Link: Why Gibbons’ Casual Sexism Matters

As some of you may know, I write about non-Phillies-centric baseball topics at a couple other places on the internet. The vast majority of my Phillies content is housed right here on Crashburn Alley, so if that’s all you care to read from me there’s no need to update your bookmarks. If you are interested in reading my other work, however, you can do so at The Hardball Times or Today’s Knuckleball.

I’ve never plugged my other work here and don’t intend to start doing so, but I wanted to make an exception today and encourage you to read a piece I have up at The Hardball Times. Last week Blue Jays manager John Gibbons made an off-the-cuff remark with sexist undertones which reopened discussions about gender and baseball. Although I’ve largely steered clear of writing about gender and baseball, it would be disingenuous to deny that being a woman impacts the way I’ve interacted with baseball throughout my life. For a variety of reasons, this was the right time for me to tell my story and explain why language, jokes, and comments like the ones Gibbons made have a real impact on fans of the game and people like me. The full article is here: When The Sport You Love Doesn’t Love You Back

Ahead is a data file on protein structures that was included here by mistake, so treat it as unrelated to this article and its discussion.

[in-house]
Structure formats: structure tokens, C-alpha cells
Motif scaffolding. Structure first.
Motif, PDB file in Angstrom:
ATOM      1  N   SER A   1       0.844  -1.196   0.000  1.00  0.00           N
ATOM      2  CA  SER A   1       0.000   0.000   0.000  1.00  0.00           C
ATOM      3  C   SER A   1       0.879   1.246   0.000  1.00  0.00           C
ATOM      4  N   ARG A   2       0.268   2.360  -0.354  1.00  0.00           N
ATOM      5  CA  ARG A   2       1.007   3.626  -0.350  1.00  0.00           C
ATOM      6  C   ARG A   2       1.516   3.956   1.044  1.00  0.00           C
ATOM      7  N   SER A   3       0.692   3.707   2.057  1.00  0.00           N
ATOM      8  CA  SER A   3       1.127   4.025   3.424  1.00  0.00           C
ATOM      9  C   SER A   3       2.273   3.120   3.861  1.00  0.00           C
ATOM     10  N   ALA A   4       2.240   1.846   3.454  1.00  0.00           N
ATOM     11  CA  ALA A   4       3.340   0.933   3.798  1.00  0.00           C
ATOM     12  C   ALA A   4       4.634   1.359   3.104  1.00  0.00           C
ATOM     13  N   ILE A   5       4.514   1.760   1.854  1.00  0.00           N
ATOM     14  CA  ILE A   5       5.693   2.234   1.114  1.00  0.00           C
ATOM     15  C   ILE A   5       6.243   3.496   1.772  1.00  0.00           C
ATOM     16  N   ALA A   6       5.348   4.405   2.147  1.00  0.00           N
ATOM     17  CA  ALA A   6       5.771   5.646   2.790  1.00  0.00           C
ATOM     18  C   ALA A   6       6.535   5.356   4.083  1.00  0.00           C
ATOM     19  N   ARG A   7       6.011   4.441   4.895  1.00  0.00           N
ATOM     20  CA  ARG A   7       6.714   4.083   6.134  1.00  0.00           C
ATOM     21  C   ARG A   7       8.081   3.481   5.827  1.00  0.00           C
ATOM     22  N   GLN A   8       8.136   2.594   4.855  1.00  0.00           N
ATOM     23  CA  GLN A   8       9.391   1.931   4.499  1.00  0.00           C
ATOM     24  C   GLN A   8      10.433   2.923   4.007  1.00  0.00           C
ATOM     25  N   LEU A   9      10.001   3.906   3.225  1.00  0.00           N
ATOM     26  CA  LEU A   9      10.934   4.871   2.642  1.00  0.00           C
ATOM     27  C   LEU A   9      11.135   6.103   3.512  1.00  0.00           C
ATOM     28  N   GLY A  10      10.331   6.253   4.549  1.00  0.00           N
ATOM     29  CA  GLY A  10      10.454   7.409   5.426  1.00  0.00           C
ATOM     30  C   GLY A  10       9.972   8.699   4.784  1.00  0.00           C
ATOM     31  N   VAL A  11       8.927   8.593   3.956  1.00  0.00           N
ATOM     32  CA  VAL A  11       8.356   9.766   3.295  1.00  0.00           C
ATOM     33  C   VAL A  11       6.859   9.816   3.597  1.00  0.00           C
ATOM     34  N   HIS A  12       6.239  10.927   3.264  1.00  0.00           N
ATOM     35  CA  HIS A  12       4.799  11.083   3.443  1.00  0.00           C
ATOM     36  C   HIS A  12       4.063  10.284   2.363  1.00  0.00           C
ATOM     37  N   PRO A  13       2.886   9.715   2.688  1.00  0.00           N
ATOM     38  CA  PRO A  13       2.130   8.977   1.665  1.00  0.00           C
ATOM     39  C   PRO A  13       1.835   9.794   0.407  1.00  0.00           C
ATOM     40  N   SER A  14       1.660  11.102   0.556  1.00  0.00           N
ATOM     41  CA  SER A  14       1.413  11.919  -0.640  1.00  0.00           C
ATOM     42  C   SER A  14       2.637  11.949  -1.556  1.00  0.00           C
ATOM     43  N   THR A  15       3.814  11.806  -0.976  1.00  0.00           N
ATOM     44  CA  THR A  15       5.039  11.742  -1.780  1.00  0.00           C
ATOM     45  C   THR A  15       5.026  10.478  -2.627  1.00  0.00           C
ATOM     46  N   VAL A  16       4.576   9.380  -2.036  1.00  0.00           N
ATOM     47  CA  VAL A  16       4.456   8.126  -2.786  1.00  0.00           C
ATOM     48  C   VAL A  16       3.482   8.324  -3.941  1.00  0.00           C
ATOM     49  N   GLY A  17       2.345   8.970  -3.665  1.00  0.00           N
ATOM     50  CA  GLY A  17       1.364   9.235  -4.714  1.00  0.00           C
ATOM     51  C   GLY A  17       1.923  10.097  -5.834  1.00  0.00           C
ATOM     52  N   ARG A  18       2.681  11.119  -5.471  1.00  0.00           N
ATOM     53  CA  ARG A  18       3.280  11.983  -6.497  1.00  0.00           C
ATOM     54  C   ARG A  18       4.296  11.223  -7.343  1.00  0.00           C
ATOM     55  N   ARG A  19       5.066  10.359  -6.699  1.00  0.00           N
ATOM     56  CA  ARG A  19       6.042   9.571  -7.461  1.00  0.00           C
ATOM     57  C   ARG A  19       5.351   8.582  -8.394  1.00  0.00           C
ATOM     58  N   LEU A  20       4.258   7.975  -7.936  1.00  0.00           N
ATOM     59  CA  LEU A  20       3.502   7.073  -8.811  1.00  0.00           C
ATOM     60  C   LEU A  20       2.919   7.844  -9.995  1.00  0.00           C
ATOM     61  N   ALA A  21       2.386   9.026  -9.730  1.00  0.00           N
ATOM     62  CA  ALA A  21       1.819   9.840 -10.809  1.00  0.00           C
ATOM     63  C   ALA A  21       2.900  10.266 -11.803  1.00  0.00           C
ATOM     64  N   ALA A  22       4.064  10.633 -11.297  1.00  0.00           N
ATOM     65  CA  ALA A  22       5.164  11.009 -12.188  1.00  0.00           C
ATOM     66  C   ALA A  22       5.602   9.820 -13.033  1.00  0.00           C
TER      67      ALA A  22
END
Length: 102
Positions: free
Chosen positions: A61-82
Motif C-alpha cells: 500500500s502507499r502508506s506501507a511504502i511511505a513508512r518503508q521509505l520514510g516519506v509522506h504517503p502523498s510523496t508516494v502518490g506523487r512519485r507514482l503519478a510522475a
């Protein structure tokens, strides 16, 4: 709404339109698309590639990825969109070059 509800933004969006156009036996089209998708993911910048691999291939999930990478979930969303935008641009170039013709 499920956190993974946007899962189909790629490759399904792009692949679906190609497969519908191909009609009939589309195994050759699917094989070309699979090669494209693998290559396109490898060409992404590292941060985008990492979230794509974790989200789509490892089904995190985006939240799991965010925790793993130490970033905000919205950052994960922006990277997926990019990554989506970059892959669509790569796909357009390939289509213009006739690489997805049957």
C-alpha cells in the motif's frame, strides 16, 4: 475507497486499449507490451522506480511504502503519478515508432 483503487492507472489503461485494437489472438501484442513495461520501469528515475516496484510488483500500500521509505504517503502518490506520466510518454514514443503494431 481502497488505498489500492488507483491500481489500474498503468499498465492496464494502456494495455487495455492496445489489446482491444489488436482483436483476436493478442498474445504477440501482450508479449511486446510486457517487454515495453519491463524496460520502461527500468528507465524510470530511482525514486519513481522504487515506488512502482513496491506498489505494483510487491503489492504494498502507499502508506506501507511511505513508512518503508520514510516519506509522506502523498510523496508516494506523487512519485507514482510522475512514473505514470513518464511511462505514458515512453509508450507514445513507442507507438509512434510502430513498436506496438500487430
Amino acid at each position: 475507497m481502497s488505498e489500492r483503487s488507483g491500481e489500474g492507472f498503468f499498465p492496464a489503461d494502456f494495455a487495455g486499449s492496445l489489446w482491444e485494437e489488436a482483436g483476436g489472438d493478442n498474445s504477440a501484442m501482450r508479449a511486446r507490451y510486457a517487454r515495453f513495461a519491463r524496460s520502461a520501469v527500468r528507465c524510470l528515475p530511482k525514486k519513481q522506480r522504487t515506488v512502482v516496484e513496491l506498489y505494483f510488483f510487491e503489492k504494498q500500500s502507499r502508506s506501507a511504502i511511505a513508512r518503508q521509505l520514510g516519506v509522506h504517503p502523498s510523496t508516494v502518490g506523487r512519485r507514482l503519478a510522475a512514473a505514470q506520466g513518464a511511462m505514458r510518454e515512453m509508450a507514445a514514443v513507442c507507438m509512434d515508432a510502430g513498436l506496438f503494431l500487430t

I hope you read it because I think it provides important background about who I am and the lens through which I view baseball. And, as always, thank you to all the readers of Crashburn for helping create an environment where I am free and able to just be another baseball writer.

Moving Forward

I was a reader of Crashburn Alley for years before I began writing here. I was drawn immediately to Bill Baer’s smart analysis and the way the sabermetric tenets he applied challenged my understanding of a sport I’ve loved for my entire life. It was at his recommendation that I first picked up a copy of the seminal sabermetric text The Book. This site was my gateway to the world of modern baseball analysis and much of the intellectual satisfaction and enjoyment I’ve found in pursuing a deeper understanding of baseball I owe directly to Bill.

I am extraordinarily happy for Bill and wish nothing but the best for him at his new full-time gig with NBC Sports. He has done fantastic work writing about baseball for years and no one is more deserving of a full-time gig than he. But I can’t deny that I also feel a selfish personal loss at his departure from Phillies-centric writing. Reading his work here has been an absolute pleasure and I will truly miss it going forward.

Continue reading…

A Changing of the Guard

To avoid burying the lede: I will no longer be running or contributing to Crashburn Alley for the foreseeable future. And Crashburn Alley is not going away.